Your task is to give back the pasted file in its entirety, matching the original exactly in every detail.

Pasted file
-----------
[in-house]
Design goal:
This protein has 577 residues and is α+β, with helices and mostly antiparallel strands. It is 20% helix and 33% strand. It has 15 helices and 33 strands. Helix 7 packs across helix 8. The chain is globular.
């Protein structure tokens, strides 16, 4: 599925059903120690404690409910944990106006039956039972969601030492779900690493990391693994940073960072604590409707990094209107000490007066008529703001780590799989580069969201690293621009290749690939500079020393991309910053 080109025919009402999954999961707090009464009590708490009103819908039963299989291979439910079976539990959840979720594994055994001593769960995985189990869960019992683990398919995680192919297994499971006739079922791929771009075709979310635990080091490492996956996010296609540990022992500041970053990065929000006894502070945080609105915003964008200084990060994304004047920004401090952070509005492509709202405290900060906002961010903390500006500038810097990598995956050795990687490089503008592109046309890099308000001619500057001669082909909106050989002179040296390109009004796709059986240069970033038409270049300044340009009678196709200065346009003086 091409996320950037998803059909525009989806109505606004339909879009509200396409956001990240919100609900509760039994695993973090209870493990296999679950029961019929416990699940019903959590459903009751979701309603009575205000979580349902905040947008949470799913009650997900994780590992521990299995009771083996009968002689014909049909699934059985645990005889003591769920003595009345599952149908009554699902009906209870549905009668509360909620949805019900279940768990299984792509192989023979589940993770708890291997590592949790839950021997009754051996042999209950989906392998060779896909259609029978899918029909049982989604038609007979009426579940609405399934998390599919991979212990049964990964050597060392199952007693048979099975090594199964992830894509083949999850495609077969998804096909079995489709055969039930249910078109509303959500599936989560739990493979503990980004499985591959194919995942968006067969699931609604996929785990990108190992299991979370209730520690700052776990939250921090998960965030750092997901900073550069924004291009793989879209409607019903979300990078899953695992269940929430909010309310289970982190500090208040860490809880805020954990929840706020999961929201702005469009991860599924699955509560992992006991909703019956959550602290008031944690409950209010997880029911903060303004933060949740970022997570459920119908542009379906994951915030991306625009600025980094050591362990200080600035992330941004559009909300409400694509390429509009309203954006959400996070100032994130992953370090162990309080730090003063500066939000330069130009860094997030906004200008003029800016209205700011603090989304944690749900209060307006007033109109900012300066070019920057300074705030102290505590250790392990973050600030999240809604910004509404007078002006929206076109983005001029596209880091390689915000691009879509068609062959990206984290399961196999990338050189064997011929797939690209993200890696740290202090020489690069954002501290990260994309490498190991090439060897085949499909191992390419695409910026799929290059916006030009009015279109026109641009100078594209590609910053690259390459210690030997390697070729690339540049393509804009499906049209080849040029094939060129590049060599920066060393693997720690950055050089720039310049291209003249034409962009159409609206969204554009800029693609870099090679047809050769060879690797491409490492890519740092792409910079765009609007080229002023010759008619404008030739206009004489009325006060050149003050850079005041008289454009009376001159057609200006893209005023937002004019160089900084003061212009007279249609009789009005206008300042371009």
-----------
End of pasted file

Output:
[in-house]
Design goal:
This protein has 577 residues and is α+β, with helices and mostly antiparallel strands. It is 20% helix and 33% strand. It has 15 helices and 33 strands. Helix 7 packs across helix 8. The chain is globular.
């Protein structure tokens, strides 16, 4: 599925059903120690404690409910944990106006039956039972969601030492779900690493990391693994940073960072604590409707990094209107000490007066008529703001780590799989580069969201690293621009290749690939500079020393991309910053 080109025919009402999954999961707090009464009590708490009103819908039963299989291979439910079976539990959840979720594994055994001593769960995985189990869960019992683990398919995680192919297994499971006739079922791929771009075709979310635990080091490492996956996010296609540990022992500041970053990065929000006894502070945080609105915003964008200084990060994304004047920004401090952070509005492509709202405290900060906002961010903390500006500038810097990598995956050795990687490089503008592109046309890099308000001619500057001669082909909106050989002179040296390109009004796709059986240069970033038409270049300044340009009678196709200065346009003086 091409996320950037998803059909525009989806109505606004339909879009509200396409956001990240919100609900509760039994695993973090209870493990296999679950029961019929416990699940019903959590459903009751979701309603009575205000979580349902905040947008949470799913009650997900994780590992521990299995009771083996009968002689014909049909699934059985645990005889003591769920003595009345599952149908009554699902009906209870549905009668509360909620949805019900279940768990299984792509192989023979589940993770708890291997590592949790839950021997009754051996042999209950989906392998060779896909259609029978899918029909049982989604038609007979009426579940609405399934998390599919991979212990049964990964050597060392199952007693048979099975090594199964992830894509083949999850495609077969998804096909079995489709055969039930249910078109509303959500599936989560739990493979503990980004499985591959194919995942968006067969699931609604996929785990990108190992299991979370209730520690700052776990939250921090998960965030750092997901900073550069924004291009793989879209409607019903979300990078899953695992269940929430909010309310289970982190500090208040860490809880805020954990929840706020999961929201702005469009991860599924699955509560992992006991909703019956959550602290008031944690409950209010997880029911903060303004933060949740970022997570459920119908542009379906994951915030991306625009600025980094050591362990200080600035992330941004559009909300409400694509390429509009309203954006959400996070100032994130992953370090162990309080730090003063500066939000330069130009860094997030906004200008003029800016209205700011603090989304944690749900209060307006007033109109900012300066070019920057300074705030102290505590250790392990973050600030999240809604910004509404007078002006929206076109983005001029596209880091390689915000691009879509068609062959990206984290399961196999990338050189064997011929797939690209993200890696740290202090020489690069954002501290990260994309490498190991090439060897085949499909191992390419695409910026799929290059916006030009009015279109026109641009100078594209590609910053690259390459210690030997390697070729690339540049393509804009499906049209080849040029094939060129590049060599920066060393693997720690950055050089720039310049291209003249034409962009159409609206969204554009800029693609870099090679047809050769060879690797491409490492890519740092792409910079765009609007080229002023010759008619404008030739206009004489009325006060050149003050850079005041008289454009009376001159057609200006893209005023937002004019160089900084003061212009007279249609009789009005206008300042371009």